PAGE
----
by Jinryu

Wednesday, I had a judo grading exam.  It was just for an orange belt, which is the second belt you obtain after the initial white belt starting position.  Four of us out of a class of about 20 were being tested.  Two of them, I don’t think should have passed, but they did.  Rergardless, my training partner and I did really well. [Krav] and I worked our asses off and we got near perfect performances of our required techniques.  (note: in previous entires, I used to refer to Krav as [BJJT], because I thought he did Brazilian Jiu Jitsu, but it turns out he studied Krav Maga. Hence the renaming.)  The instructer called out a technique name in japanese, you would hear a couple of steps, and the sound of 60-67kgs of human flesh and bone slamming into the tatamis.

Today, the day afterwards, I’m surprised that it was just last night– somehow, it feels like so long ago. Time dilates I think, when I’m healing.  I don’t like feeling tired or injured.  Nothing serious, mind you.  I have bruises over my knees, and some over my ribs and bicep where grips went in on me hard.  My trachea was also a bit injured due to collar chokes, making it slightly painful for me to swallow.

There are some times when I come back from an event like this and  next day, I am simply exhausted.  [CM] doesn’t really believe in the idea of “ki,” and I myself have my doubts that it works in the way that Asian cultures describe it, but perhaps it’s the easiest way of describing something that I don’t really have words for.  Yes, I have injuries– but I consider those “external” in nature.  The part that I’m talking about is just feeling exhausted “internally.”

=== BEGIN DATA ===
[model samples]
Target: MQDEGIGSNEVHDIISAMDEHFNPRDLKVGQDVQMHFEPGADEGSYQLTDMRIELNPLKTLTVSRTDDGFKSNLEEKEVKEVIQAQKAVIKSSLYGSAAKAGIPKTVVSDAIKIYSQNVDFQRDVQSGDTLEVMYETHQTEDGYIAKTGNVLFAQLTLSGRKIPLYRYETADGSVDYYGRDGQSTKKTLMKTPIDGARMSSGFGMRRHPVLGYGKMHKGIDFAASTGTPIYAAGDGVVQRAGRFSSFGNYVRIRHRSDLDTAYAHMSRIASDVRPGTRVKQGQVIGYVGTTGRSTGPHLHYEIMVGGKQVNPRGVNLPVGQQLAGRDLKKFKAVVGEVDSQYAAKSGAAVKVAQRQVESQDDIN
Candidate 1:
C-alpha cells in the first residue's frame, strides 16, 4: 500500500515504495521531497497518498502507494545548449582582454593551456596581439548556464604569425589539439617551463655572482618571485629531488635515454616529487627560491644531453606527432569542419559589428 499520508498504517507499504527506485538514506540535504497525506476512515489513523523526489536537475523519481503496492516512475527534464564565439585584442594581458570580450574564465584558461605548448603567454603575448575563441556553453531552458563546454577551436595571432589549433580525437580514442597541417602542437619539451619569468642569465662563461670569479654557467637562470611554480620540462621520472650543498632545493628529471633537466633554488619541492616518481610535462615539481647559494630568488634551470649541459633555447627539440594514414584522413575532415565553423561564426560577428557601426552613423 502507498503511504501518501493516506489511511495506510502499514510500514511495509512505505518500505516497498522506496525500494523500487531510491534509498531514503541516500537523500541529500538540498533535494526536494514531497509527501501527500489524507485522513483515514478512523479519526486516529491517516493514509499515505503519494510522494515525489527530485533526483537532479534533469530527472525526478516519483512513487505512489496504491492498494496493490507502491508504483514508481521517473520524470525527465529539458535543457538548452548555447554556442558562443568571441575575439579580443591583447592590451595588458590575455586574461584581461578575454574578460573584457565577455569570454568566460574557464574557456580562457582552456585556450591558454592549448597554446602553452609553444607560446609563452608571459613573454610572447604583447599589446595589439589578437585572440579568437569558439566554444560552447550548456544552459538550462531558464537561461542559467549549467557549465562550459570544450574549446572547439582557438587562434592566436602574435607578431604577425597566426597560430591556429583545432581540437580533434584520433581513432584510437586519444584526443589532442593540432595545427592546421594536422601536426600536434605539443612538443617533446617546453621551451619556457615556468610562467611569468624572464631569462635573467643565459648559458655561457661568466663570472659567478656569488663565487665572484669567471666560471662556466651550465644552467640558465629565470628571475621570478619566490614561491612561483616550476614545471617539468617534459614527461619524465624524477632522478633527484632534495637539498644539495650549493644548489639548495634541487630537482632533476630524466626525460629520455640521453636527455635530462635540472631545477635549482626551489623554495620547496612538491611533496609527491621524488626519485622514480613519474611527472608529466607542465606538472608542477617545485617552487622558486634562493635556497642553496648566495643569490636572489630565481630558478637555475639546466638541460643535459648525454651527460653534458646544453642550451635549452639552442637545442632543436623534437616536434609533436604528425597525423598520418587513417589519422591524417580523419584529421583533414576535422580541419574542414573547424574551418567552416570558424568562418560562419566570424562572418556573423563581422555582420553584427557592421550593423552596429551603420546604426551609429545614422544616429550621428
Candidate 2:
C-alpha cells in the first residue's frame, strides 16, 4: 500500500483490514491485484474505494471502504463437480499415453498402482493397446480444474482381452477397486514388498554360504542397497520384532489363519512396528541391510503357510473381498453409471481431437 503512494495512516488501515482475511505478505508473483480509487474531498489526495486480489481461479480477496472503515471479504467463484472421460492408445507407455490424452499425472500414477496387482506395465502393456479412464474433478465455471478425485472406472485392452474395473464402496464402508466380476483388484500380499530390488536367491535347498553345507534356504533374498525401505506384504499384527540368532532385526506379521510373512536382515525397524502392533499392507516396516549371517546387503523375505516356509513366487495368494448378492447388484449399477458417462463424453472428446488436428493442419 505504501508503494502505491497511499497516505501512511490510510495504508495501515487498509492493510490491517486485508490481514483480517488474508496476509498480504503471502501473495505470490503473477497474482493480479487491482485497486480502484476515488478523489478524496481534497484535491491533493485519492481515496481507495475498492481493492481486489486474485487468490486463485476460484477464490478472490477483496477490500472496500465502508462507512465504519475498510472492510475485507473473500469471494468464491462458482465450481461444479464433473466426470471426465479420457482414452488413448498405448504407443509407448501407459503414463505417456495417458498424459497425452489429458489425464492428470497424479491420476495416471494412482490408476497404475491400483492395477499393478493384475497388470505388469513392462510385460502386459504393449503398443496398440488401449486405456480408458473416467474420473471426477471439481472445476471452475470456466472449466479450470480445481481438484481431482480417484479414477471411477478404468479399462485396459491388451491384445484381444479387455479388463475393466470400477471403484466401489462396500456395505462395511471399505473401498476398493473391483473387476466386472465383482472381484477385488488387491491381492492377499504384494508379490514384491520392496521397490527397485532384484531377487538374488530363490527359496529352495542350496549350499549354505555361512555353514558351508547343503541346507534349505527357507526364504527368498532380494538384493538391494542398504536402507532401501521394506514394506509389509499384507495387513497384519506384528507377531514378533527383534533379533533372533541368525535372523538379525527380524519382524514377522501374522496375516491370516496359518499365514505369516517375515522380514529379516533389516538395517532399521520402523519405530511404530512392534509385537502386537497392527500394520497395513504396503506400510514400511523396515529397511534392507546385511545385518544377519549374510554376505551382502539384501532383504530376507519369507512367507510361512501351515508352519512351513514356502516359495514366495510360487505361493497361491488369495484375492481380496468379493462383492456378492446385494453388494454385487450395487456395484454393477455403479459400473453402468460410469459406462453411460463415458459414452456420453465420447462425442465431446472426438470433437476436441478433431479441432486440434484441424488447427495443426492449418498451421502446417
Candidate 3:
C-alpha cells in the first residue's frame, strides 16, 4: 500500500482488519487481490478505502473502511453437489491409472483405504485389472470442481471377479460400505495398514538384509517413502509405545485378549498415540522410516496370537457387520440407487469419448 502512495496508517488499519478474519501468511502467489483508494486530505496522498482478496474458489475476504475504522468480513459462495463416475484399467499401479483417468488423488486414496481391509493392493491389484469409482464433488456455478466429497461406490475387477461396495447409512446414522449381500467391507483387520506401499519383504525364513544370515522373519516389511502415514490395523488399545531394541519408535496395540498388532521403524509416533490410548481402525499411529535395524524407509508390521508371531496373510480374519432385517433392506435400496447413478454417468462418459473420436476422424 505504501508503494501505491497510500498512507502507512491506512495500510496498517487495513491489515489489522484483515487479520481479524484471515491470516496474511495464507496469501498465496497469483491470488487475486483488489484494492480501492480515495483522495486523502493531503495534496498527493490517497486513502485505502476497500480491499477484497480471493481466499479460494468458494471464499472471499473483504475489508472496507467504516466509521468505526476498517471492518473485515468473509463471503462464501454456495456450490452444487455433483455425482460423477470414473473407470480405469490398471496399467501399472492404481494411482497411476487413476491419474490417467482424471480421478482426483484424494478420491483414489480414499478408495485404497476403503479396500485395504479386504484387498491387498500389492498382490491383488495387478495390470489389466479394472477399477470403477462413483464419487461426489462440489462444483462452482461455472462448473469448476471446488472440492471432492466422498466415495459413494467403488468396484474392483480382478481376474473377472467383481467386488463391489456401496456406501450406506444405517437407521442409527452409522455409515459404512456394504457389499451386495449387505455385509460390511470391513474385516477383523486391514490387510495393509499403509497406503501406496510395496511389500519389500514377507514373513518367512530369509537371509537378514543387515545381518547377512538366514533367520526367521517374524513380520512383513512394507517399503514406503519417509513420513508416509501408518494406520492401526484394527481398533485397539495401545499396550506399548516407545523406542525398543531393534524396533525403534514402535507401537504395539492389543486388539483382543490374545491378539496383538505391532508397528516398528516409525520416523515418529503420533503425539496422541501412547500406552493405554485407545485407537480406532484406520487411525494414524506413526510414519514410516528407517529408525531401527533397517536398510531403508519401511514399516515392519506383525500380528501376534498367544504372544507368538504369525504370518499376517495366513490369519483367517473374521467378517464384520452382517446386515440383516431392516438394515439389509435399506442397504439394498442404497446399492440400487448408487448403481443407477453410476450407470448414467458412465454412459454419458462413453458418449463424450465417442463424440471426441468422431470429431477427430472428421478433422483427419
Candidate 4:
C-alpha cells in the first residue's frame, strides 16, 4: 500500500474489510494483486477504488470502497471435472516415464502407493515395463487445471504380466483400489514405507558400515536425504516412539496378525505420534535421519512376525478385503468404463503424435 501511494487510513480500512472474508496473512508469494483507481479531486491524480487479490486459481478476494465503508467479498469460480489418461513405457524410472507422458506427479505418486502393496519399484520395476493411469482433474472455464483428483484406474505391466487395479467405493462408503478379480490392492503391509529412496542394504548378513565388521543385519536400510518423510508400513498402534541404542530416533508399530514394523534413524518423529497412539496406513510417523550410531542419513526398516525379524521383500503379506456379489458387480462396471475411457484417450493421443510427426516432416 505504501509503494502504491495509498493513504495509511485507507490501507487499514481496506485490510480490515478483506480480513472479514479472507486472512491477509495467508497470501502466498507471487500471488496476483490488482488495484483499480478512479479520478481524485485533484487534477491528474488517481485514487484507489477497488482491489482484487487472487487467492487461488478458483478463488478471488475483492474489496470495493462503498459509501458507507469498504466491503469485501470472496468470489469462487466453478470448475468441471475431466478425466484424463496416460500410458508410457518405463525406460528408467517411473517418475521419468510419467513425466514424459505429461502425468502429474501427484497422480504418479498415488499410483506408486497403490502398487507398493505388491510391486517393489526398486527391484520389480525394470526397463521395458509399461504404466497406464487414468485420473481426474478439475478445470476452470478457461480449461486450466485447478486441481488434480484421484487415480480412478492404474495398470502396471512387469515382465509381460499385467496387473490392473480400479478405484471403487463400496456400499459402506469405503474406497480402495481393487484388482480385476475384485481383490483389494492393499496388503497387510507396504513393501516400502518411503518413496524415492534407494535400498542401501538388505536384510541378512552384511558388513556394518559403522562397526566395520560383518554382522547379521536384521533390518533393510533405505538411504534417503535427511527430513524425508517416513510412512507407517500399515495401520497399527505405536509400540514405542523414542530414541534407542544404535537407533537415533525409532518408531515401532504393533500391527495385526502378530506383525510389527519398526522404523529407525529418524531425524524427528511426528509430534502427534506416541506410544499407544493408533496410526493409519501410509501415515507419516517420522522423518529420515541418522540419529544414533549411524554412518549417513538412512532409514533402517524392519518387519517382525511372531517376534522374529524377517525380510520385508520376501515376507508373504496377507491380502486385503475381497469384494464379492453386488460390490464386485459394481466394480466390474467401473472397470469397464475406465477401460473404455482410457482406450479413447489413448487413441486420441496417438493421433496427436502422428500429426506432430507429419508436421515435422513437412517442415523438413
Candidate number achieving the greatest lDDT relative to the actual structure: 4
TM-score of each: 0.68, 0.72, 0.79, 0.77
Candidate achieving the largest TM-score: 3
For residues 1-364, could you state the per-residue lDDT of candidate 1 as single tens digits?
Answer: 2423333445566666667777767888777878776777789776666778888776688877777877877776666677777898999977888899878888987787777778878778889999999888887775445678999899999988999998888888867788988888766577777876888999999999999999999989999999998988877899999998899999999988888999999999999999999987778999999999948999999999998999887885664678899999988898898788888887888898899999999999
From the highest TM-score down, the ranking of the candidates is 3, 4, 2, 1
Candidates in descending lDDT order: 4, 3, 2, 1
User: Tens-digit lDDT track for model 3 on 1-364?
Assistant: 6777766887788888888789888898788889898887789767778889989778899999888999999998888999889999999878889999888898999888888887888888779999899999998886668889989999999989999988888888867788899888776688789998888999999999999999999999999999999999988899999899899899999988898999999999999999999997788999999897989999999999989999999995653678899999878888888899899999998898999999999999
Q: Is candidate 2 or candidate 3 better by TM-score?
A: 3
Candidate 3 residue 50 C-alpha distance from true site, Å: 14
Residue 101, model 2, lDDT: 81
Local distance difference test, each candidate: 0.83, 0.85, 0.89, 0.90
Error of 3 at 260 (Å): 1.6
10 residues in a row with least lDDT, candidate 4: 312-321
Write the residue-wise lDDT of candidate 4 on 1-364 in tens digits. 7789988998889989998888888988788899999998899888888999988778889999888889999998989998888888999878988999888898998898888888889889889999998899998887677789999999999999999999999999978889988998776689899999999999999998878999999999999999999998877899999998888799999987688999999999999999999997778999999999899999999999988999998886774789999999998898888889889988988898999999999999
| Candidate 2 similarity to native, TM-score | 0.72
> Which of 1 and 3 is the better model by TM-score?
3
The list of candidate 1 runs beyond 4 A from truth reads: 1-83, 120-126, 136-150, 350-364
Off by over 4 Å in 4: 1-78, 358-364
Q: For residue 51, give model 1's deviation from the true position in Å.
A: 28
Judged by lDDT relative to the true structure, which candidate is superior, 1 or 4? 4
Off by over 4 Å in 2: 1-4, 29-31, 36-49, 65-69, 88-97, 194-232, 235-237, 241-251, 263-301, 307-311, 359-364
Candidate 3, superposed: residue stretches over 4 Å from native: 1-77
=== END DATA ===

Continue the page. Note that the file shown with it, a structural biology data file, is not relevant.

I suppose it might just be a deep muscle fatigue, but I feel it at my very core– almost as if it’s my very cardiovascular ability that has been exhausted.  No, I don’t have fluid in my lungs or something–  my best bet is that my diaphragm and intercostal muscles are just overworked.

In part, I think it might be because of the particular nature of cardio that you need to do judo.  Like all martial arts, you don’t get to chose when your opponent attacks or leaves openings– breathing is what gives you energy, but the ability to mobilise your entire lung capacity to explode at a given moment is something that takes practice so that it can happen as a muscle memory reflex.  Breathing, a normally involuntary action that we take for granted, in a martial arts scenario is a violent process.  As an added dimension, it even becomes a privilege to be earned.  The type of cardio vascular endurance that you need, and the whole way that your maximum aerobic capcity (also known as VO2 max) is put to the test is completely different.  Unlike cardio activities where your environment is constant, contact sports, including judo, test not only your ability to maintain effective oxygen supply but your ability to protect that oxygen supply from external interruption.  Namely,  because someone is actively trying to crush your rib cage or choke you.  Perhaps then, it seems quite scientifically feasible that the very mechanics of the human body’s breathing apparatus gets tired, to the point that the next day, you just don’t feel 100%? Maybe that’s what all these old school martial arts are actually alluding to by a reference to ki, qi, chi, chakra, hei, etc.